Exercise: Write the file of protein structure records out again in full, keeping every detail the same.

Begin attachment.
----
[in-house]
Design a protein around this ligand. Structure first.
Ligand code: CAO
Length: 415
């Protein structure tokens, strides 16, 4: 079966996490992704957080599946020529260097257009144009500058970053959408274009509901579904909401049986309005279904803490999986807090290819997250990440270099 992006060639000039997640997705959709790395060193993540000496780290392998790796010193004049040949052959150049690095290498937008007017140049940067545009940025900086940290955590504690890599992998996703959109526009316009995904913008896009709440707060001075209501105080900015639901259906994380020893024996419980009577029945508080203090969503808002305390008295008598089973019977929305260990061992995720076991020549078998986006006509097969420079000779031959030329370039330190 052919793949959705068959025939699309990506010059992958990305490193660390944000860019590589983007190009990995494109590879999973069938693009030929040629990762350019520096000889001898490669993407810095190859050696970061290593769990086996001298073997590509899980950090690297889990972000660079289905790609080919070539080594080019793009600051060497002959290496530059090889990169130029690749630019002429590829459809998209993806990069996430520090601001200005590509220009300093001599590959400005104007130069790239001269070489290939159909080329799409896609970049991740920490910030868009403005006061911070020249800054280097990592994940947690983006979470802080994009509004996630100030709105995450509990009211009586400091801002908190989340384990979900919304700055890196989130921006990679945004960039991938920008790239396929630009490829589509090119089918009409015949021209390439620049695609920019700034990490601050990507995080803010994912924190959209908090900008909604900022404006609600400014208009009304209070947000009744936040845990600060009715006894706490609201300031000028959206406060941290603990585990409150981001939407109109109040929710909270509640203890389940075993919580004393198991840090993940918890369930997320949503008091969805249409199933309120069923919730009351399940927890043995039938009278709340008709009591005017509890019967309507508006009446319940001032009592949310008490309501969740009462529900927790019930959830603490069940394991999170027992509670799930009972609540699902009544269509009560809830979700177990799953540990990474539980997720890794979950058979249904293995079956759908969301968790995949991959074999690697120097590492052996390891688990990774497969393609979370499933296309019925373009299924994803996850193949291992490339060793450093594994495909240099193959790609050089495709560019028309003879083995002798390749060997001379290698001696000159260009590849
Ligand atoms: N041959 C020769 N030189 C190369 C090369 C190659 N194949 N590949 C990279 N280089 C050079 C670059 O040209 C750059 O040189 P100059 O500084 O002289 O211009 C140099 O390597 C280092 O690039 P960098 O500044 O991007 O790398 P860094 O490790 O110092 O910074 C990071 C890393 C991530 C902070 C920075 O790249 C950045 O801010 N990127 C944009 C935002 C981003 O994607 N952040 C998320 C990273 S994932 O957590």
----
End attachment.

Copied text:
[in-house]
Design a protein around this ligand. Structure first.
Ligand code: CAO
Length: 415
């Protein structure tokens, strides 16, 4: 079966996490992704957080599946020529260097257009144009500058970053959408274009509901579904909401049986309005279904803490999986807090290819997250990440270099 992006060639000039997640997705959709790395060193993540000496780290392998790796010193004049040949052959150049690095290498937008007017140049940067545009940025900086940290955590504690890599992998996703959109526009316009995904913008896009709440707060001075209501105080900015639901259906994380020893024996419980009577029945508080203090969503808002305390008295008598089973019977929305260990061992995720076991020549078998986006006509097969420079000779031959030329370039330190 052919793949959705068959025939699309990506010059992958990305490193660390944000860019590589983007190009990995494109590879999973069938693009030929040629990762350019520096000889001898490669993407810095190859050696970061290593769990086996001298073997590509899980950090690297889990972000660079289905790609080919070539080594080019793009600051060497002959290496530059090889990169130029690749630019002429590829459809998209993806990069996430520090601001200005590509220009300093001599590959400005104007130069790239001269070489290939159909080329799409896609970049991740920490910030868009403005006061911070020249800054280097990592994940947690983006979470802080994009509004996630100030709105995450509990009211009586400091801002908190989340384990979900919304700055890196989130921006990679945004960039991938920008790239396929630009490829589509090119089918009409015949021209390439620049695609920019700034990490601050990507995080803010994912924190959209908090900008909604900022404006609600400014208009009304209070947000009744936040845990600060009715006894706490609201300031000028959206406060941290603990585990409150981001939407109109109040929710909270509640203890389940075993919580004393198991840090993940918890369930997320949503008091969805249409199933309120069923919730009351399940927890043995039938009278709340008709009591005017509890019967309507508006009446319940001032009592949310008490309501969740009462529900927790019930959830603490069940394991999170027992509670799930009972609540699902009544269509009560809830979700177990799953540990990474539980997720890794979950058979249904293995079956759908969301968790995949991959074999690697120097590492052996390891688990990774497969393609979370499933296309019925373009299924994803996850193949291992490339060793450093594994495909240099193959790609050089495709560019028309003879083995002798390749060997001379290698001696000159260009590849
Ligand atoms: N041959 C020769 N030189 C190369 C090369 C190659 N194949 N590949 C990279 N280089 C050079 C670059 O040209 C750059 O040189 P100059 O500084 O002289 O211009 C140099 O390597 C280092 O690039 P960098 O500044 O991007 O790398 P860094 O490790 O110092 O910074 C990071 C890393 C991530 C902070 C920075 O790249 C950045 O801010 N990127 C944009 C935002 C981003 O994607 N952040 C998320 C990273 S994932 O957590």